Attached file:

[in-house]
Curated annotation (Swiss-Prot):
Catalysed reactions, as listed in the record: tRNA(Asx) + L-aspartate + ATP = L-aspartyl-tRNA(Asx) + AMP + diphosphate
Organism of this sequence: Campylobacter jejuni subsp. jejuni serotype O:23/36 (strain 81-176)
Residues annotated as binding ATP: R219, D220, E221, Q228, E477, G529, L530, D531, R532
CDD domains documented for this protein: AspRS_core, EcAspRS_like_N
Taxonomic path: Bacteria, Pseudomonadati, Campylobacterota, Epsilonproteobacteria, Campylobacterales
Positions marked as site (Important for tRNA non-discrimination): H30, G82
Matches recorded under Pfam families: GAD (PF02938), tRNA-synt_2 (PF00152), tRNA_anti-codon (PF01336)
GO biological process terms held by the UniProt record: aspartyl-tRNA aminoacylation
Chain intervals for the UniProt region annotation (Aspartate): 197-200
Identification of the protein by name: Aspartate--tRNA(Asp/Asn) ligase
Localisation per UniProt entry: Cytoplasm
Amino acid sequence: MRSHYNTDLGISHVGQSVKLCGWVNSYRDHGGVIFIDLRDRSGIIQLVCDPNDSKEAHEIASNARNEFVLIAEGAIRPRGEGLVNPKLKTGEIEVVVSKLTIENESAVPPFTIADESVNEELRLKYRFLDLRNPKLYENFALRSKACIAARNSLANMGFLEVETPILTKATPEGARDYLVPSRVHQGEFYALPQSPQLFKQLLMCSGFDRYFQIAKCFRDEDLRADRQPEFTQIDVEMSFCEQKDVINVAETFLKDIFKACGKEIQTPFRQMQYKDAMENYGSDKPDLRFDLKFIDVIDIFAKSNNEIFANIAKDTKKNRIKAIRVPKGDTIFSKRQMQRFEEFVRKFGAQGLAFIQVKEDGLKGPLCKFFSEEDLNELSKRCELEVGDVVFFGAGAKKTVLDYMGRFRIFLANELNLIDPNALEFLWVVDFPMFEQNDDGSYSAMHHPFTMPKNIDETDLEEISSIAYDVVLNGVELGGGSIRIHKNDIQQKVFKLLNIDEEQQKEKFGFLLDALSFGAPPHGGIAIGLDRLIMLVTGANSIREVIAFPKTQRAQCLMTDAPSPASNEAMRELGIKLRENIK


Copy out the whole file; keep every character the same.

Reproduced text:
[in-house]
Curated annotation (Swiss-Prot):
Catalysed reactions, as listed in the record: tRNA(Asx) + L-aspartate + ATP = L-aspartyl-tRNA(Asx) + AMP + diphosphate
Organism of this sequence: Campylobacter jejuni subsp. jejuni serotype O:23/36 (strain 81-176)
Residues annotated as binding ATP: R219, D220, E221, Q228, E477, G529, L530, D531, R532
CDD domains documented for this protein: AspRS_core, EcAspRS_like_N
Taxonomic path: Bacteria, Pseudomonadati, Campylobacterota, Epsilonproteobacteria, Campylobacterales
Positions marked as site (Important for tRNA non-discrimination): H30, G82
Matches recorded under Pfam families: GAD (PF02938), tRNA-synt_2 (PF00152), tRNA_anti-codon (PF01336)
GO biological process terms held by the UniProt record: aspartyl-tRNA aminoacylation
Chain intervals for the UniProt region annotation (Aspartate): 197-200
Identification of the protein by name: Aspartate--tRNA(Asp/Asn) ligase
Localisation per UniProt entry: Cytoplasm
Amino acid sequence: MRSHYNTDLGISHVGQSVKLCGWVNSYRDHGGVIFIDLRDRSGIIQLVCDPNDSKEAHEIASNARNEFVLIAEGAIRPRGEGLVNPKLKTGEIEVVVSKLTIENESAVPPFTIADESVNEELRLKYRFLDLRNPKLYENFALRSKACIAARNSLANMGFLEVETPILTKATPEGARDYLVPSRVHQGEFYALPQSPQLFKQLLMCSGFDRYFQIAKCFRDEDLRADRQPEFTQIDVEMSFCEQKDVINVAETFLKDIFKACGKEIQTPFRQMQYKDAMENYGSDKPDLRFDLKFIDVIDIFAKSNNEIFANIAKDTKKNRIKAIRVPKGDTIFSKRQMQRFEEFVRKFGAQGLAFIQVKEDGLKGPLCKFFSEEDLNELSKRCELEVGDVVFFGAGAKKTVLDYMGRFRIFLANELNLIDPNALEFLWVVDFPMFEQNDDGSYSAMHHPFTMPKNIDETDLEEISSIAYDVVLNGVELGGGSIRIHKNDIQQKVFKLLNIDEEQQKEKFGFLLDALSFGAPPHGGIAIGLDRLIMLVTGANSIREVIAFPKTQRAQCLMTDAPSPASNEAMRELGIKLRENIK